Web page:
I’ve written before that the foundation for a truly great documentary is a central question that can drive the narrative. The interviews and framing build on that question, and even a strong subject needs the focus that a compelling question brings to a film. The question at the center of Scandalous seems to be, “So, the National Enquirer, huh?” It is, unsurprisingly, not a great foundation on which to build.
Director Mark Landsman’s new film traces the history of the National Enquirer from its mob-funded beginning through the days of Oprah and Princess Di all the way up to the “catch and kill” stories of the Trump era. At its best, the anecdotes in the film are fun and the revelations – “catch and kill” has been going on since the Bob Hope days, for example – are revealing. The names and stories will resonate with anyone old enough to remember a pre-internet world in which celebrity gossip was delivered primarily via grocery store check-out line. And the interviewees have some good stories about moments like the time the Enquirer obtained a photo of Elvis in his casket, or the extensive and questionably intimate ways the team investigated the murders of Nicole Brown Simpson and Ron Goldman.
But the interviewees are almost exclusively former National Enquirer employees (the outlier being a few brief appearances by Carl Bernstein because a little gravitas that seems out of place is better than none I guess?), which results in a lack of dimension. Landsman touches on some genuinely interesting topics: the ethics of the Enquirer’s policy of paying regularly for stories, the responsibility of the Enquirer vs. that of the mainstream press, and the way Donald Trump and others recognized the utility of the Enquirer as “a microphone to a different group of people” because of its grocery store placement. The limited perspective of the interviewees, though, keeps the film from exploring any of those topics in a meaningful way. The former staff featured have insight that’s deep, but not wide, and it doesn’t allow for topics that could be compelling to be examine from multiple angles.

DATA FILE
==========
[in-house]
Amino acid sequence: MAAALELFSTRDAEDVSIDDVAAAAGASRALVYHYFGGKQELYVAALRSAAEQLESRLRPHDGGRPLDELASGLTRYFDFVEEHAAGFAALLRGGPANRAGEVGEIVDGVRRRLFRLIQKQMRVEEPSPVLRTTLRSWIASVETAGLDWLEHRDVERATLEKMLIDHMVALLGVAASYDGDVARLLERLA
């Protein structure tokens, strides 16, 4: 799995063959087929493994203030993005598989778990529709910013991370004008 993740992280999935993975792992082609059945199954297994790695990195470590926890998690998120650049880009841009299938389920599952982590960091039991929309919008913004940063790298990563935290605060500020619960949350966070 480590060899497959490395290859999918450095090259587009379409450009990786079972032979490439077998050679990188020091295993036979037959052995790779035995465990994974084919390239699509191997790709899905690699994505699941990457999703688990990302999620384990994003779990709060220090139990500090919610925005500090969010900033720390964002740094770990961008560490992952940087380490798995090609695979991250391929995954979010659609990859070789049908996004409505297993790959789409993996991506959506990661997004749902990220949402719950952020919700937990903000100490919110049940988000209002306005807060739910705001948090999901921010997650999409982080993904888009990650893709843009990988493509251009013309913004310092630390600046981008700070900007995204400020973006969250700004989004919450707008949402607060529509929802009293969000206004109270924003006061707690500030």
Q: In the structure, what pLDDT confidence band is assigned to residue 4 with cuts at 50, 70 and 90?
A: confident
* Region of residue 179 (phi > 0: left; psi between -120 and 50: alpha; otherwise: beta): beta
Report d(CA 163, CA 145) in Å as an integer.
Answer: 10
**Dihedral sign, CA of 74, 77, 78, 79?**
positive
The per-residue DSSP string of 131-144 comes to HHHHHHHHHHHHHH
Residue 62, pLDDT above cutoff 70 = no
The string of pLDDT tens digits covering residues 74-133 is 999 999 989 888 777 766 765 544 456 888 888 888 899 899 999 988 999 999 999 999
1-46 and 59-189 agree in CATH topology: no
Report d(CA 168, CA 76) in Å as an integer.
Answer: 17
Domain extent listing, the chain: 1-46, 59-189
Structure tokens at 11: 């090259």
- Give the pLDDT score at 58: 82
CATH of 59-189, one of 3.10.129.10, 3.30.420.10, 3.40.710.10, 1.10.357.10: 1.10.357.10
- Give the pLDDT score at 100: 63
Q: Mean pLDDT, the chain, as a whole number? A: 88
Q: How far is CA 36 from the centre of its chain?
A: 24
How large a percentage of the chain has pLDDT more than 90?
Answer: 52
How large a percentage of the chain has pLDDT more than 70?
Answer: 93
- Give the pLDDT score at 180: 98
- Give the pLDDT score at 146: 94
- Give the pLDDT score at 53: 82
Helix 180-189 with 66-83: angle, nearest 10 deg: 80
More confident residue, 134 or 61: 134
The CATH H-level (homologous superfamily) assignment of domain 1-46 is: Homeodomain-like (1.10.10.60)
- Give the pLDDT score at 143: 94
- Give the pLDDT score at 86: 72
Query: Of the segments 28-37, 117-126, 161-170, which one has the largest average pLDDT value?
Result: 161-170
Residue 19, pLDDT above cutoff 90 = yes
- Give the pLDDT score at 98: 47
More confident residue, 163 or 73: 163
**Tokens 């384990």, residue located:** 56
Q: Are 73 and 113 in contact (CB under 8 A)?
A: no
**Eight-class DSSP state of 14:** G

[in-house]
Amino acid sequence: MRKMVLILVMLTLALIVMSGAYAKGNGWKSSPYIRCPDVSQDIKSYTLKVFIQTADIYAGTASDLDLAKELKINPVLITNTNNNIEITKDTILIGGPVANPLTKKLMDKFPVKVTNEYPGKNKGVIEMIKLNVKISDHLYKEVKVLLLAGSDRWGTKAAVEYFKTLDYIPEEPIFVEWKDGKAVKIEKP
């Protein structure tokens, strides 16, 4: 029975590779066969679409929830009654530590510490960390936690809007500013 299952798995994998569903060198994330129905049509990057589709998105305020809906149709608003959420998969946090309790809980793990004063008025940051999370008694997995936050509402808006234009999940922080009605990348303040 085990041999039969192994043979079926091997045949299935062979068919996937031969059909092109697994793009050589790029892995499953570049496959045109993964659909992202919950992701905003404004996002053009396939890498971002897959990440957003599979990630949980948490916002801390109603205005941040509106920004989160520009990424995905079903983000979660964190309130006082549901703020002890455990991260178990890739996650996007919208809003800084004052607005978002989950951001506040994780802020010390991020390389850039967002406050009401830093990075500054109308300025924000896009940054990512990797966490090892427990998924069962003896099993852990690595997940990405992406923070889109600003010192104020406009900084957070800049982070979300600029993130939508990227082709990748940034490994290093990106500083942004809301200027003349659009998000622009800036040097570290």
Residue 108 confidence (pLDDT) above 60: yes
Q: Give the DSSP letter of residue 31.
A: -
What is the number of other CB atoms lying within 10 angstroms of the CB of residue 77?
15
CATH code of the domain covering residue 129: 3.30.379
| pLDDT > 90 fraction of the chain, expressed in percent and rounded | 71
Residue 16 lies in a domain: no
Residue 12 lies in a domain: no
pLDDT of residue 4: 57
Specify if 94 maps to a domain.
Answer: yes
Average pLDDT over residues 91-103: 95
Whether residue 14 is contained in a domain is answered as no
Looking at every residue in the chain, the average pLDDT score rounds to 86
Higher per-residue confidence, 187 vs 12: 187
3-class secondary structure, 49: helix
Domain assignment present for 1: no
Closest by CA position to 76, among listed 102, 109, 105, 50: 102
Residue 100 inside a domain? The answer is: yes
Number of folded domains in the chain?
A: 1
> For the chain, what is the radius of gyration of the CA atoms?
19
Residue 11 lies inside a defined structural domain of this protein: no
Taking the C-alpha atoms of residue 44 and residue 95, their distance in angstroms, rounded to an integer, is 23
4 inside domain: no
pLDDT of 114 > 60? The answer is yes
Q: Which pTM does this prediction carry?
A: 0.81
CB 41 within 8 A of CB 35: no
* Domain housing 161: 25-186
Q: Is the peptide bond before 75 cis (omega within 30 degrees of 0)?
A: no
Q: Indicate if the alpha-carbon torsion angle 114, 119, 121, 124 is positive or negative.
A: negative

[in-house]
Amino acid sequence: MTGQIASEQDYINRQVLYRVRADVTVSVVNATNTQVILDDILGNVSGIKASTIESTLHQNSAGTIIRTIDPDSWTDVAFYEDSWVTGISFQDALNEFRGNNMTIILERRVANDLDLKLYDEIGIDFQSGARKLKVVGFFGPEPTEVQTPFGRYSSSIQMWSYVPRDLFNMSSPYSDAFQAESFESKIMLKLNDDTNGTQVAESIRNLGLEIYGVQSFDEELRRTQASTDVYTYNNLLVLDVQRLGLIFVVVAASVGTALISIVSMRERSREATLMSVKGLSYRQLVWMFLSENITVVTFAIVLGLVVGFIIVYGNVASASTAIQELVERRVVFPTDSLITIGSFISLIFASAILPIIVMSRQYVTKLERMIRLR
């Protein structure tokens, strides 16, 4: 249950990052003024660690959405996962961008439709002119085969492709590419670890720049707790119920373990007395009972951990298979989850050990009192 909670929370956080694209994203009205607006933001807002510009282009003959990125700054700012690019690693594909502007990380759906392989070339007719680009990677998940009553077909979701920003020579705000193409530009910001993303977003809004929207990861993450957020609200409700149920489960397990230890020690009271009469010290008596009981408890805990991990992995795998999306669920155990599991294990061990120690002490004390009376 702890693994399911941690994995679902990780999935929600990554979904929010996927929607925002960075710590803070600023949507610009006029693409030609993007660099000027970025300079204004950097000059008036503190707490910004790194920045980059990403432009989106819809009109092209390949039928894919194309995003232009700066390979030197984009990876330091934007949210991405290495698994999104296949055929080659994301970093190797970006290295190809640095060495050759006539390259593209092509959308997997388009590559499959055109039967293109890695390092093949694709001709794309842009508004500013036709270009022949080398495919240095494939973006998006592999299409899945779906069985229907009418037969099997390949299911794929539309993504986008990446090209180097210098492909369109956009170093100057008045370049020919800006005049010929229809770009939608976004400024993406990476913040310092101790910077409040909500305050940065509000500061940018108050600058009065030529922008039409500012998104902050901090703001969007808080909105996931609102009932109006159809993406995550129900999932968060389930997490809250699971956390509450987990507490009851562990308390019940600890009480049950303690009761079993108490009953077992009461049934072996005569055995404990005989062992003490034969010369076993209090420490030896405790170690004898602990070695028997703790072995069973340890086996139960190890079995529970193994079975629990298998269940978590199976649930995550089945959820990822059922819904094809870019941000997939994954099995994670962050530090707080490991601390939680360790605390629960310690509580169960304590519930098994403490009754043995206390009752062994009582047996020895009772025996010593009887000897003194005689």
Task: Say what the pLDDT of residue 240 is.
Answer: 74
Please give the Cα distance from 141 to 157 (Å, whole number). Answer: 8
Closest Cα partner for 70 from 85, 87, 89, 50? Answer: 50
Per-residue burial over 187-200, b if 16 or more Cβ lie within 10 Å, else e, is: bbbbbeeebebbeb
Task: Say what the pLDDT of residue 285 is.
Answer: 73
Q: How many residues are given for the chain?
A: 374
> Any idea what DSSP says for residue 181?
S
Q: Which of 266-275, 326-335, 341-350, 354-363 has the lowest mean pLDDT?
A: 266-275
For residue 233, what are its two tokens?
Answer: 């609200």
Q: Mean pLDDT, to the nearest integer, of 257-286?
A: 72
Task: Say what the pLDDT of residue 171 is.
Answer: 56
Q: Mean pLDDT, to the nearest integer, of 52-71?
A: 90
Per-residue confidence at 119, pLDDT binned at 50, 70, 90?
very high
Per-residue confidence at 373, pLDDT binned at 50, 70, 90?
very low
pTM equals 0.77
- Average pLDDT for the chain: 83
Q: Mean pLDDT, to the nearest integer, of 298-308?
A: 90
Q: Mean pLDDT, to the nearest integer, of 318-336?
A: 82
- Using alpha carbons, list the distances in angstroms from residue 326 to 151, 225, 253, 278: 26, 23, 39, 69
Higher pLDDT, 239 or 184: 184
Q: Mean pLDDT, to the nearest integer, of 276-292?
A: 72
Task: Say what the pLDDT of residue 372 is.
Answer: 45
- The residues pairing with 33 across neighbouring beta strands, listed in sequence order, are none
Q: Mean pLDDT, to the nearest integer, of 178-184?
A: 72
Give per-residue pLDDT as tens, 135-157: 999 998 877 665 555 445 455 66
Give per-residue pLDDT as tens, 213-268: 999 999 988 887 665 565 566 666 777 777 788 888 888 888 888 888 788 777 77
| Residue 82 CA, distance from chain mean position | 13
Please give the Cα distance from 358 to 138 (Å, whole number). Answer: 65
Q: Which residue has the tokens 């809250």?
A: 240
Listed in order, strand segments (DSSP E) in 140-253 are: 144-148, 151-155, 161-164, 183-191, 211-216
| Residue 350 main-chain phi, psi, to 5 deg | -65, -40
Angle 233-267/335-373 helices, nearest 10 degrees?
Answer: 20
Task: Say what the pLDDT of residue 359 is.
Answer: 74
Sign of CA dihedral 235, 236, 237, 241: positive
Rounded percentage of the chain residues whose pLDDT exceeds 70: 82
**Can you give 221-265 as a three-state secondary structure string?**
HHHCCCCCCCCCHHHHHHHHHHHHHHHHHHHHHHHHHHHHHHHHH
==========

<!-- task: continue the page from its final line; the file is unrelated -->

The other major challenge with the way Landsman takes on a broad history of the National Enquirer is that he doesn’t linger on any of the topics long enough for consideration: just as you start to really think about the ethical implications of a coerced confession that results in a person’s imprisonment, the film has moved on to the way the editorial staff killed stories on Bill Cosby and then jumps to the role the paper’s style of collecting stories might have contributed to Princess Diana’s death, or the way Trump utilized the Enquirer in the 1980s to manipulate his own publicity. Incidentally, Landsman seemingly also avoids asking any difficult questions about decisions, like the one to kill those Cosby stories of Iain Calder, who was the editor and president of the Enquirer from the mid 70s to the mid 90s (he appears extensively in the film).
In the end, while there is an element of 80s and 90s nostalgia to the celebrities and scandals that pass through the film, Scandalous is frustrating because of what it doesn’t bother to do and the questions it doesn’t bother to ask with any real intentionality or effort. It may be fitting that a documentary about the National Enquirer turns out to be as superficial as celebrity gossip often is, but that doesn’t mean it’s worth more of your time than it would take to glance at tabloid headlines while waiting your turn to write empty your cart and write a check at the local Safeway.